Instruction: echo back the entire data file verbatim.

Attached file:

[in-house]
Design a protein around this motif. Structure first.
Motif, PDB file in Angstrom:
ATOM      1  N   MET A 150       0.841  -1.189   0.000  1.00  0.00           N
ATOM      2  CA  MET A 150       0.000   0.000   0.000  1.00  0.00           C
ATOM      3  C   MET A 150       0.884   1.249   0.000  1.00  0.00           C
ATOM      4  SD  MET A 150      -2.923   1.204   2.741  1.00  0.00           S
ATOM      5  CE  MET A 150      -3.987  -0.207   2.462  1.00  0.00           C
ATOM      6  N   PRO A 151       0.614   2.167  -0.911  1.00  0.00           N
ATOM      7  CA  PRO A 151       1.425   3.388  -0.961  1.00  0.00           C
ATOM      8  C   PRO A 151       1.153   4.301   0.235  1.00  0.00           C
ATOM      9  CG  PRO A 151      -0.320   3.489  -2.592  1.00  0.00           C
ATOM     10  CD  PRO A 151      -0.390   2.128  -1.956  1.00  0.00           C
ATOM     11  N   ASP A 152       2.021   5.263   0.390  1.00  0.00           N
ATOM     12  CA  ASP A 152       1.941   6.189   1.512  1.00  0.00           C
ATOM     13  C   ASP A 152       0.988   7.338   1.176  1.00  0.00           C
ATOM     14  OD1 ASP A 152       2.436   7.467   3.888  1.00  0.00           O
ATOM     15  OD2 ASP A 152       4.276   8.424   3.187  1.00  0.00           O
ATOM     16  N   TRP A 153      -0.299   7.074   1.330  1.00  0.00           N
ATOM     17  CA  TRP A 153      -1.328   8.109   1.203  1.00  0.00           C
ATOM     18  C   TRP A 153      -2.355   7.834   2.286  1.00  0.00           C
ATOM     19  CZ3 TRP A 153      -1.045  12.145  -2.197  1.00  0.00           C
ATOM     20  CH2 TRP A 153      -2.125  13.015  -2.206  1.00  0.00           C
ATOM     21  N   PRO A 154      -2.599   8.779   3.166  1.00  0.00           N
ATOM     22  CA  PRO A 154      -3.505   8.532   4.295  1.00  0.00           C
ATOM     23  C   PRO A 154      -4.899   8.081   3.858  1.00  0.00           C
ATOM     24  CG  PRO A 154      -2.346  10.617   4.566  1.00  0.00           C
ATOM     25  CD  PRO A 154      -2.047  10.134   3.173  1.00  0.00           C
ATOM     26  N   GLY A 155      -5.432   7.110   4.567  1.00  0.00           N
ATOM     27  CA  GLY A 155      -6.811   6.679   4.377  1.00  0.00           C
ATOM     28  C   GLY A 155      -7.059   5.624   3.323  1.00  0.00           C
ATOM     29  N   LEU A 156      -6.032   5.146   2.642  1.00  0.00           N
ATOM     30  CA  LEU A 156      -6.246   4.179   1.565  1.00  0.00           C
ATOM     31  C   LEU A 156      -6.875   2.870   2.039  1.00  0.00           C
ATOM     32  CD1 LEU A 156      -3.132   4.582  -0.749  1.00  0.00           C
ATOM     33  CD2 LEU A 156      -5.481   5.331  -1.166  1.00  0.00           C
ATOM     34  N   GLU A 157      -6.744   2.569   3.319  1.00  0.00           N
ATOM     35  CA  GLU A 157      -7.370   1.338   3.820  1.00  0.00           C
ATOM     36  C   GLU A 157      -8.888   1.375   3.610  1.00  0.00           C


[in-house]
Design a protein around this motif. Structure first.
Motif, PDB file in Angstrom:
ATOM      1  N   MET A 150       0.841  -1.189   0.000  1.00  0.00           N
ATOM      2  CA  MET A 150       0.000   0.000   0.000  1.00  0.00           C
ATOM      3  C   MET A 150       0.884   1.249   0.000  1.00  0.00           C
ATOM      4  SD  MET A 150      -2.923   1.204   2.741  1.00  0.00           S
ATOM      5  CE  MET A 150      -3.987  -0.207   2.462  1.00  0.00           C
ATOM      6  N   PRO A 151       0.614   2.167  -0.911  1.00  0.00           N
ATOM      7  CA  PRO A 151       1.425   3.388  -0.961  1.00  0.00           C
ATOM      8  C   PRO A 151       1.153   4.301   0.235  1.00  0.00           C
ATOM      9  CG  PRO A 151      -0.320   3.489  -2.592  1.00  0.00           C
ATOM     10  CD  PRO A 151      -0.390   2.128  -1.956  1.00  0.00           C
ATOM     11  N   ASP A 152       2.021   5.263   0.390  1.00  0.00           N
ATOM     12  CA  ASP A 152       1.941   6.189   1.512  1.00  0.00           C
ATOM     13  C   ASP A 152       0.988   7.338   1.176  1.00  0.00           C
ATOM     14  OD1 ASP A 152       2.436   7.467   3.888  1.00  0.00           O
ATOM     15  OD2 ASP A 152       4.276   8.424   3.187  1.00  0.00           O
ATOM     16  N   TRP A 153      -0.299   7.074   1.330  1.00  0.00           N
ATOM     17  CA  TRP A 153      -1.328   8.109   1.203  1.00  0.00           C
ATOM     18  C   TRP A 153      -2.355   7.834   2.286  1.00  0.00           C
ATOM     19  CZ3 TRP A 153      -1.045  12.145  -2.197  1.00  0.00           C
ATOM     20  CH2 TRP A 153      -2.125  13.015  -2.206  1.00  0.00           C
ATOM     21  N   PRO A 154      -2.599   8.779   3.166  1.00  0.00           N
ATOM     22  CA  PRO A 154      -3.505   8.532   4.295  1.00  0.00           C
ATOM     23  C   PRO A 154      -4.899   8.081   3.858  1.00  0.00           C
ATOM     24  CG  PRO A 154      -2.346  10.617   4.566  1.00  0.00           C
ATOM     25  CD  PRO A 154      -2.047  10.134   3.173  1.00  0.00           C
ATOM     26  N   GLY A 155      -5.432   7.110   4.567  1.00  0.00           N
ATOM     27  CA  GLY A 155      -6.811   6.679   4.377  1.00  0.00           C
ATOM     28  C   GLY A 155      -7.059   5.624   3.323  1.00  0.00           C
ATOM     29  N   LEU A 156      -6.032   5.146   2.642  1.00  0.00           N
ATOM     30  CA  LEU A 156      -6.246   4.179   1.565  1.00  0.00           C
ATOM     31  C   LEU A 156      -6.875   2.870   2.039  1.00  0.00           C
ATOM     32  CD1 LEU A 156      -3.132   4.582  -0.749  1.00  0.00           C
ATOM     33  CD2 LEU A 156      -5.481   5.331  -1.166  1.00  0.00           C
ATOM     34  N   GLU A 157      -6.744   2.569   3.319  1.00  0.00           N
ATOM     35  CA  GLU A 157      -7.370   1.338   3.820  1.00  0.00           C
ATOM     36  C   GLU A 157      -8.888   1.375   3.610  1.00  0.00           C